Joint Criminal Enterprise (JCE) is a judicial doctrine of superior accountability devised by the ICTY to link the top leaders of the regimes created with the collapse of the Federal Republic of Yugoslavia (FRY) to the acts of mid-ranking commanders and alleged hands-on perpetrators of the crimes with the subject-matter jurisdiction of the Tribunal. This doctrine has been argued by many to have been invented by the ICTY judges in violation of a well-established principle of criminal law, nullum crimen sine lege or no crime without a law.
Professor Cassese, a former judge of the ICTY Appeals Chambers and presently editor-in-chief of the Journal of International Criminal Justice (JICJ), along a group of others was invited to submit an amicus curiae brief to the Pre-Trial Chamber (PTC) of the ECCC. The Ieng Sary Defense Team filed a motion opposing such invitation requesting that Cassese and the other experts identified by the PTC in the foregoing invitation be disqualified from being amici curiae on the grounds of close attachment of these experts to the doctrine of JCE all of whom, per the Ieng Sary Defense Team's beliefs, were expected to be "independent and impartial" (it is interesting to note that one of the remedies sought by the Sary Team was to extend the invitation to submit an amicus curiae brief to the Association of the Defense Counsel Practising Before the ICTY which the Team, for reasons curious and unbeknownst to anyone, perhaps, with the exception of the Team itself, asserted would be "impartial and independent"). The Team proceeded by expounding its views on the purported impartiality and independence requirement to qualify amici curiae by presenting a range of judicial decisions which the Team argued set out such requirement at the international and domestic levels (for those uninitiated in matters of case law-based common law, it would perhaps be helpful to note that whatever one's opinion might be on any given issue he or she can find corroboration for it in some decisions in some common jurisdiction (I, for one, am unfamiliar with any legal issue that this cannot be done with if sufficient research is undertaken). Hence, the weight of an argument proffered in any proceedings is not predicated upon the mere fact that a single judicial opinion asserting a similar ground can be presented, but whether that opinion has been supported by other courts and the extent to which it has been done. A single opinion in itself therefore has no more weight than a mere showing that another jurist or group of jurists at one point or another thought something similar was viable. The Sary Team did not take this fact into consideration thus forming its argument to this effect by stringing a spate of disparate single judicial decisions together which in the end turned into a big and expansive production that had abosolutely no story.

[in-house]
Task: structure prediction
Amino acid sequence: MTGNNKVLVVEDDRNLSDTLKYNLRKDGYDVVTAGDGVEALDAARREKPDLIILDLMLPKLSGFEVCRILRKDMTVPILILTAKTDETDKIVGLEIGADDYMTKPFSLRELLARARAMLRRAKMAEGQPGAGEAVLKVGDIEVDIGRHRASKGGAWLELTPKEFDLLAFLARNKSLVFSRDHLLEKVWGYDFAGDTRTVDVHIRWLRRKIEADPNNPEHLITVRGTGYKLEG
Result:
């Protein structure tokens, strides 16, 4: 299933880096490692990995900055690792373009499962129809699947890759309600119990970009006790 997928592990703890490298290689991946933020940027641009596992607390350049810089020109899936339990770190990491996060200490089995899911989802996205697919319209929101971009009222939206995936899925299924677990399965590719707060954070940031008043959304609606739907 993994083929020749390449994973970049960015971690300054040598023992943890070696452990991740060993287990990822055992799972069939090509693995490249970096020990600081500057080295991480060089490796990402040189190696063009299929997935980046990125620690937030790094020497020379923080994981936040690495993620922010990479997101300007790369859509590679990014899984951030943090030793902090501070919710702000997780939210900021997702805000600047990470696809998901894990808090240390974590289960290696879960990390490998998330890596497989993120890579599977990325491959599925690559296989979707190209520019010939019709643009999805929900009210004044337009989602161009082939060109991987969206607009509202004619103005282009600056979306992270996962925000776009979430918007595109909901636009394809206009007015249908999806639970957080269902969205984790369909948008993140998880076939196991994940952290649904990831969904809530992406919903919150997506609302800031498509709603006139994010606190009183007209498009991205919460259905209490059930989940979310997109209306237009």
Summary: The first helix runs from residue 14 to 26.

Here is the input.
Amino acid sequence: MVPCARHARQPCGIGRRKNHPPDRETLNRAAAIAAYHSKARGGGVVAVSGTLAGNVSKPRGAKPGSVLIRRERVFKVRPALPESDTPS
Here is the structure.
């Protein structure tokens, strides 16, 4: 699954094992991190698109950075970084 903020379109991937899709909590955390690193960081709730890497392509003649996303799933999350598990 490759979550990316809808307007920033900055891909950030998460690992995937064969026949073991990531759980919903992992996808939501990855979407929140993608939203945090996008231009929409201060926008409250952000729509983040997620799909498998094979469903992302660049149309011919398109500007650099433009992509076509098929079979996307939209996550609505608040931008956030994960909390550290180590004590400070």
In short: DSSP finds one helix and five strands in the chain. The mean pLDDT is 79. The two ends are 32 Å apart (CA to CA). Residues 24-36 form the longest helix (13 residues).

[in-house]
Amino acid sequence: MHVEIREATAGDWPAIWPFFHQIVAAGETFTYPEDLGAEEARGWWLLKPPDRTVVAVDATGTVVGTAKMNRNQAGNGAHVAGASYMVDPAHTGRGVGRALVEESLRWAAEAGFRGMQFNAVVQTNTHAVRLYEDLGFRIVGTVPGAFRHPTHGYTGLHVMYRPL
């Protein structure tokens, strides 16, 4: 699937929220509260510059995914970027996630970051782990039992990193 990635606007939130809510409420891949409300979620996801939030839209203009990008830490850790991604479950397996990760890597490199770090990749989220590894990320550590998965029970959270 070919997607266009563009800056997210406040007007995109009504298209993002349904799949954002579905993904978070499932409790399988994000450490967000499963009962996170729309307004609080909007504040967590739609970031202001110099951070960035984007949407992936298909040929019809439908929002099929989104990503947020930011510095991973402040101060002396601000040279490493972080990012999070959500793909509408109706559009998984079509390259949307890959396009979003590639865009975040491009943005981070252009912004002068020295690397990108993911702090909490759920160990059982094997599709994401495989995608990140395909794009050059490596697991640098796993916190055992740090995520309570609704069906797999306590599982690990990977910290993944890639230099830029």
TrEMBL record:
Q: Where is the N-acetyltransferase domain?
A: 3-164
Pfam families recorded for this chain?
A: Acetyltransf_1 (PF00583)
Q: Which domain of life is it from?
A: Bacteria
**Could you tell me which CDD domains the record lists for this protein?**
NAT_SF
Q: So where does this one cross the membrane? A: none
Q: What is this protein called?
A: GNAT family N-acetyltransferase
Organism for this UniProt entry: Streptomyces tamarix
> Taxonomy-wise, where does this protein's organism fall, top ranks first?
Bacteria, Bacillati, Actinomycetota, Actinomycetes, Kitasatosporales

The PTC decided the above motion in a particularly curious and narrow manner when the Chamber merely rejected the Sary Team's application based on lack of standing in the matter as the current submission, according to the Chamber, does not directly pertain to the case of Ieng Sary but to that of Kaing Guek Iev. The PTC, which is known for the razor blade narrowness of its decisions, has thus disregarded what seems to be the obvious fact that the current submission of an amicus curiae brief by Cassese and his team of experts is very unlikely to be limited to the case of Kaing but is most likely to form the opinion of the Court on JCE as a legal issue which will be applied as unquestionable authority far beyond the Kaing case. The PTC, however, refused to entertain this probability and allow all interested parties to participate in the process of forming of such opinion from the start. The opinion, although for the wrong reasons, has allowed the aforementioned experts to submit the relevant brief. It is, however, regrettable that the Court has refused to re-assert the right of amici curiae to participate in the proceedings regardless of their relationship to the issue under judicial scrutiny.